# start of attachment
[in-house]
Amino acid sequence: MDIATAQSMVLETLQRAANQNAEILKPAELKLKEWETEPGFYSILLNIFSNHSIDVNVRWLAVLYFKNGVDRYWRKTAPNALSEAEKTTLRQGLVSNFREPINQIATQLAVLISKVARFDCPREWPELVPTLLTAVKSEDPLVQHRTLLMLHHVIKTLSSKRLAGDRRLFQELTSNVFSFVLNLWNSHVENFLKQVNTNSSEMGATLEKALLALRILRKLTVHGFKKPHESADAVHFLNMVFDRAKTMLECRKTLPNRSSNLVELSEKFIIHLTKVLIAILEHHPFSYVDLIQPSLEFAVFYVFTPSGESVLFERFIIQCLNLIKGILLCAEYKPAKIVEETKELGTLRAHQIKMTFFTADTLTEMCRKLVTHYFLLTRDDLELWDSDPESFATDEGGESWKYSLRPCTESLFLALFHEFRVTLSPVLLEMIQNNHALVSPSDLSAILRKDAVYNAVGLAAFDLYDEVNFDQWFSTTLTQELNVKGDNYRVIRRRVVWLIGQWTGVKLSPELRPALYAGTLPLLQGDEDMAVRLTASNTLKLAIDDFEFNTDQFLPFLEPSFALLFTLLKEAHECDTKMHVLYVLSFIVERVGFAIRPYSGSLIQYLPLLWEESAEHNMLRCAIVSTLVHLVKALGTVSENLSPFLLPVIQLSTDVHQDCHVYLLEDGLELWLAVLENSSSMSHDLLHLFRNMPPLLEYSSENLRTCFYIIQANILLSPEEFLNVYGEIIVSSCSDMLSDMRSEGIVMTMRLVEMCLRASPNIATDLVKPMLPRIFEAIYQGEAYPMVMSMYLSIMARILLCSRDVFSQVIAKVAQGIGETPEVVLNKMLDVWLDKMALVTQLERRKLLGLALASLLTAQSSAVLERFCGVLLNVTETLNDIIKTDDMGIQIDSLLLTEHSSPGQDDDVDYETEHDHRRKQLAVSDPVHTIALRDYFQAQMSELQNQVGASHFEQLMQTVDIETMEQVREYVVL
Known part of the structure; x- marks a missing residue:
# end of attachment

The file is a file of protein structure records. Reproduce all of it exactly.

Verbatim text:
[in-house]
Amino acid sequence: MDIATAQSMVLETLQRAANQNAEILKPAELKLKEWETEPGFYSILLNIFSNHSIDVNVRWLAVLYFKNGVDRYWRKTAPNALSEAEKTTLRQGLVSNFREPINQIATQLAVLISKVARFDCPREWPELVPTLLTAVKSEDPLVQHRTLLMLHHVIKTLSSKRLAGDRRLFQELTSNVFSFVLNLWNSHVENFLKQVNTNSSEMGATLEKALLALRILRKLTVHGFKKPHESADAVHFLNMVFDRAKTMLECRKTLPNRSSNLVELSEKFIIHLTKVLIAILEHHPFSYVDLIQPSLEFAVFYVFTPSGESVLFERFIIQCLNLIKGILLCAEYKPAKIVEETKELGTLRAHQIKMTFFTADTLTEMCRKLVTHYFLLTRDDLELWDSDPESFATDEGGESWKYSLRPCTESLFLALFHEFRVTLSPVLLEMIQNNHALVSPSDLSAILRKDAVYNAVGLAAFDLYDEVNFDQWFSTTLTQELNVKGDNYRVIRRRVVWLIGQWTGVKLSPELRPALYAGTLPLLQGDEDMAVRLTASNTLKLAIDDFEFNTDQFLPFLEPSFALLFTLLKEAHECDTKMHVLYVLSFIVERVGFAIRPYSGSLIQYLPLLWEESAEHNMLRCAIVSTLVHLVKALGTVSENLSPFLLPVIQLSTDVHQDCHVYLLEDGLELWLAVLENSSSMSHDLLHLFRNMPPLLEYSSENLRTCFYIIQANILLSPEEFLNVYGEIIVSSCSDMLSDMRSEGIVMTMRLVEMCLRASPNIATDLVKPMLPRIFEAIYQGEAYPMVMSMYLSIMARILLCSRDVFSQVIAKVAQGIGETPEVVLNKMLDVWLDKMALVTQLERRKLLGLALASLLTAQSSAVLERFCGVLLNVTETLNDIIKTDDMGIQIDSLLLTEHSSPGQDDDVDYETEHDHRRKQLAVSDPVHTIALRDYFQAQMSELQNQVGASHFEQLMQTVDIETMEQVREYVVL
Known part of the structure; x- marks a missing residue: